1. We can do a lot of things with data, but what is it that we really do?
When your software is known as truly agile and flexible, that is a real plus for data developers as they craft it into their use cases. Data management is all about writing code, using good software toolsets and then making it work with know-how. But the problem is how to focus your message beyond “we can do most anything you want.” You need something that focuses on real value versus the standard platitude.
So, when they wanted to know more about what the customers believed – to help unify the message as well as discriminate what was special about themselves – they turned to a deep market-listen approach. “Let’s really ask our customers why they bought from us,” was the initial goal.
Agile – yes, but. So, taking the issue at hand. One good view of data agility is how fast can you extract value from a ton of data and how quickly can you translate that into actionable information? To do that means a commitment to processes and the type of people that are willing to see how their view of their data system changes every day. Sounds good. But how to move past the bromide of being flexible. Enter Bob London to listen.
2. Before we talk to customers, what do you think about your own company’s value?
Every company has dimensions of their story – what’s on their websites, what product features predicate their perceived value and most importantly, what is in their heads. One main issue is that what’s in minds of company leaders may not match the other dimensions. You need to extract that from the leaders with an honest dialogue based upon their view of value. Starting there, is the best point of departure, before embarking on a unconstrained customer listening tour.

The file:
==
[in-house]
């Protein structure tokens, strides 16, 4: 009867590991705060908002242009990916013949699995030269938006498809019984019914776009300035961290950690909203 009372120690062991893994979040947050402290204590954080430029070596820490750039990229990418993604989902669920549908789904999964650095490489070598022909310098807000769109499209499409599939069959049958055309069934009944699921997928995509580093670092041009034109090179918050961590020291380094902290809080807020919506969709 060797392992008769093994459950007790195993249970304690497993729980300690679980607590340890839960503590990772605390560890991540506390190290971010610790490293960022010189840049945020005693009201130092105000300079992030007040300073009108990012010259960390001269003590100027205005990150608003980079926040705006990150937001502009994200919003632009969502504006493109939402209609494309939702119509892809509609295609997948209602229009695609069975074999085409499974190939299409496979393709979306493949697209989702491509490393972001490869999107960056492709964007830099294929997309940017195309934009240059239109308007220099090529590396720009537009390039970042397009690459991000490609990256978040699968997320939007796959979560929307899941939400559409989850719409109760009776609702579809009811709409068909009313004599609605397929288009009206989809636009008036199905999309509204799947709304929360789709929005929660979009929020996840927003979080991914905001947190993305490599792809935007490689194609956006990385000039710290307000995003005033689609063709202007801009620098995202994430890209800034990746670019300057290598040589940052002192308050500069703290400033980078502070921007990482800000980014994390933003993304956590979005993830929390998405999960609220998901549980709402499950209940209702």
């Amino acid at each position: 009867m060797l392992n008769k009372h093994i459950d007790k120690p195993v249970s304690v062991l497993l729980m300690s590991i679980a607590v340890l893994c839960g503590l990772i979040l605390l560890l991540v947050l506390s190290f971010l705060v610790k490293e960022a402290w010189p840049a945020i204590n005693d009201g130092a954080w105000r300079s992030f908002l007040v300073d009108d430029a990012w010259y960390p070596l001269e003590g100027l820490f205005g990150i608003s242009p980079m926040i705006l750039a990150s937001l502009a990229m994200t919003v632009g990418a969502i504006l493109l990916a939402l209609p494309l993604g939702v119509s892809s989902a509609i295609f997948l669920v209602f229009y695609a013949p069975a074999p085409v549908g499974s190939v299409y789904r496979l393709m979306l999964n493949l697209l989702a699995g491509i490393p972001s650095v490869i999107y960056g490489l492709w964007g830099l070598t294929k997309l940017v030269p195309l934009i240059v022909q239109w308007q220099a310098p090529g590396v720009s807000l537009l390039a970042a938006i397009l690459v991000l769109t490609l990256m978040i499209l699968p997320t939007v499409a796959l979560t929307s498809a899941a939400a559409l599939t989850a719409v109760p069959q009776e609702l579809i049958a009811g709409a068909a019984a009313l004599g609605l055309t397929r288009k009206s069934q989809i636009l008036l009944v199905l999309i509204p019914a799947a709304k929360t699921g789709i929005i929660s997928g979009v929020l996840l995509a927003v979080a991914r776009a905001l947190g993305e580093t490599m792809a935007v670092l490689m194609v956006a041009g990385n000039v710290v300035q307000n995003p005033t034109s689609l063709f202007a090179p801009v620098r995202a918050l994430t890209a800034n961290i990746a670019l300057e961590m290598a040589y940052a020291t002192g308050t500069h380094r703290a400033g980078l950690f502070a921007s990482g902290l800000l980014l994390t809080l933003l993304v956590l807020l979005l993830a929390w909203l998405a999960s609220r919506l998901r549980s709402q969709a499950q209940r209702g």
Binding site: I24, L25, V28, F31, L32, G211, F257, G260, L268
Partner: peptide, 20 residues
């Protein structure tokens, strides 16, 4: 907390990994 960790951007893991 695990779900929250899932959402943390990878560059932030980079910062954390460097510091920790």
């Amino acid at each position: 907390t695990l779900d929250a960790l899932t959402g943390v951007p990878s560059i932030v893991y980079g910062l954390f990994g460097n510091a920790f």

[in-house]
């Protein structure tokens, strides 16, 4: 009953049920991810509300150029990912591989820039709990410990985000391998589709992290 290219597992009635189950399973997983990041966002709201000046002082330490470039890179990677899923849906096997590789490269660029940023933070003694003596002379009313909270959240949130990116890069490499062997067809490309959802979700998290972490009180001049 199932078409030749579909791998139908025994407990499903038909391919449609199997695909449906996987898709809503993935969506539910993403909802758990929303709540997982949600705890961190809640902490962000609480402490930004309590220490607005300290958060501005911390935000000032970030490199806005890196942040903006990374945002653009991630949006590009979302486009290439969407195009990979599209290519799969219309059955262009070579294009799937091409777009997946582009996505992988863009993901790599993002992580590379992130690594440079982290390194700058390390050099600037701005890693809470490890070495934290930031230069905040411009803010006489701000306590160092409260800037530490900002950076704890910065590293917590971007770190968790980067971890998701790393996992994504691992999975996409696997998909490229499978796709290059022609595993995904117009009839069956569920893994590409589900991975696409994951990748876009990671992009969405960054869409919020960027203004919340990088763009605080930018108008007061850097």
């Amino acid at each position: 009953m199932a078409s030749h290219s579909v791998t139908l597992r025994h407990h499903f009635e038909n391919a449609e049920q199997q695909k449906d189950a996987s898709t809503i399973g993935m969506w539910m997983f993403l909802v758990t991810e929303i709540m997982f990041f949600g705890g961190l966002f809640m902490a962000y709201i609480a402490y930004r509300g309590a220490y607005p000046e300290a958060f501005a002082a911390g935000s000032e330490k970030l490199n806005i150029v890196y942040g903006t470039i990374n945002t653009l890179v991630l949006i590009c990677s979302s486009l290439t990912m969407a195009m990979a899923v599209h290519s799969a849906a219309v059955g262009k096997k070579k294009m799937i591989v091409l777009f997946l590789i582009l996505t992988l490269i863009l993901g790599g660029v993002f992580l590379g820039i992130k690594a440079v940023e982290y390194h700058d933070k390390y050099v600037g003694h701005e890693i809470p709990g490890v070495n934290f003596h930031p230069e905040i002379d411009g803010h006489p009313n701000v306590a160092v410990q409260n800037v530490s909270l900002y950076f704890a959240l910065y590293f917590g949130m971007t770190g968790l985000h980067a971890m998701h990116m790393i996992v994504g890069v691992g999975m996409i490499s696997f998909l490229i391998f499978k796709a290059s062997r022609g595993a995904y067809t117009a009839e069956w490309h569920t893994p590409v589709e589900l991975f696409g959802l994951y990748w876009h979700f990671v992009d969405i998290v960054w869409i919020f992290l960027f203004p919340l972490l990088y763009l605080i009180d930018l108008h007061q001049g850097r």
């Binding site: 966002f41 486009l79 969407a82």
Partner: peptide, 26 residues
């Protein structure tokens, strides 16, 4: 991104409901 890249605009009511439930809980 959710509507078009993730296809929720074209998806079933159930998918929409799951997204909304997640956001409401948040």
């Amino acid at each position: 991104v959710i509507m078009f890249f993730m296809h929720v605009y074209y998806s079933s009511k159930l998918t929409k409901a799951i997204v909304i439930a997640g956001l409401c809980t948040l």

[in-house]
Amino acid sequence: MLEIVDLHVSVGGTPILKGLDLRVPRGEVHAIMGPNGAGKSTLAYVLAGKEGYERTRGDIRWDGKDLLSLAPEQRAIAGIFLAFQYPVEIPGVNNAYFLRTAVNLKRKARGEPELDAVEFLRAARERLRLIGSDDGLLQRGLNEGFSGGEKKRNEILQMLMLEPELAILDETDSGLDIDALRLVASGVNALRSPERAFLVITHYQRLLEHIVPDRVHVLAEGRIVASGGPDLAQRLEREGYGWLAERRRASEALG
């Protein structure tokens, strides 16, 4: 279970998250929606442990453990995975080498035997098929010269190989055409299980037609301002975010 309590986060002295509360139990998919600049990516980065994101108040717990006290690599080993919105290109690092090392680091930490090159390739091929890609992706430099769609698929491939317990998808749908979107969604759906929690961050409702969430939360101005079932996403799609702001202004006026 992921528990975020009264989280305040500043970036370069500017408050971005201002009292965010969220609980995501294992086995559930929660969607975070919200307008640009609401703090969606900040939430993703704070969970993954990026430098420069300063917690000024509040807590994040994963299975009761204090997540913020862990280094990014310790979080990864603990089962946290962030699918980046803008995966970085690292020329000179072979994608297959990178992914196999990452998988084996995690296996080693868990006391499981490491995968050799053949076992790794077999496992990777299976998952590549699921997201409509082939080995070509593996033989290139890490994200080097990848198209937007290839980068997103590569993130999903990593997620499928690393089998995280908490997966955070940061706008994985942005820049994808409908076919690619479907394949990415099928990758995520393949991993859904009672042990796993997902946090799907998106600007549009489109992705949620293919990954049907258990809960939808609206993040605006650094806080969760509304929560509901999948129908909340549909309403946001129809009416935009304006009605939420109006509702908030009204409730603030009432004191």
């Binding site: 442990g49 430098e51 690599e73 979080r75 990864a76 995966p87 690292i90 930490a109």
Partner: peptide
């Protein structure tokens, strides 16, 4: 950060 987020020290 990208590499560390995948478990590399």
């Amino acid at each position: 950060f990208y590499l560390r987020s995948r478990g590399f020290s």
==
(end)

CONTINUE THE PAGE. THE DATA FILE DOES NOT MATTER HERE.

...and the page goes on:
With the CloverETL team, their strength was the power of the software together with the know-how of doing world-class data management. They were in fact, undersold.
The software platform was super powerful to do things that others could do, but at a major difference in price – Clover turned out to be the best value. Most importantly, during the conversations internally, the Listening approach uncovered THE golden nugget of value: doing hard stuff quickly.
“Bob took a patient and nurturing approach to really understand how the mundane process of moving data from sources to targets can be really exciting and enabling of revenue,” said CloverETL’s Peter Cresse.
3. Getting to the heart of the matter–from the customers’ perspective.
“Great results came from our deep engagement using Bob’s ‘customer listening’ approach, because it got right to the heart of the true value of our product–from the customer perspective–beyond fuzzy platitudes. What was cool, was the actionable insight–sometimes cold reality–that helped us shape our precious investment into the software platform.
The output helped us achieve a new level of internal cohesion and focus. In addition, the independent view of hearing our customers’ perspective versus our own was both confirming and challenging to common wisdom.
“That’s what Bob London brings, a whole lot more of marketing wisdom.”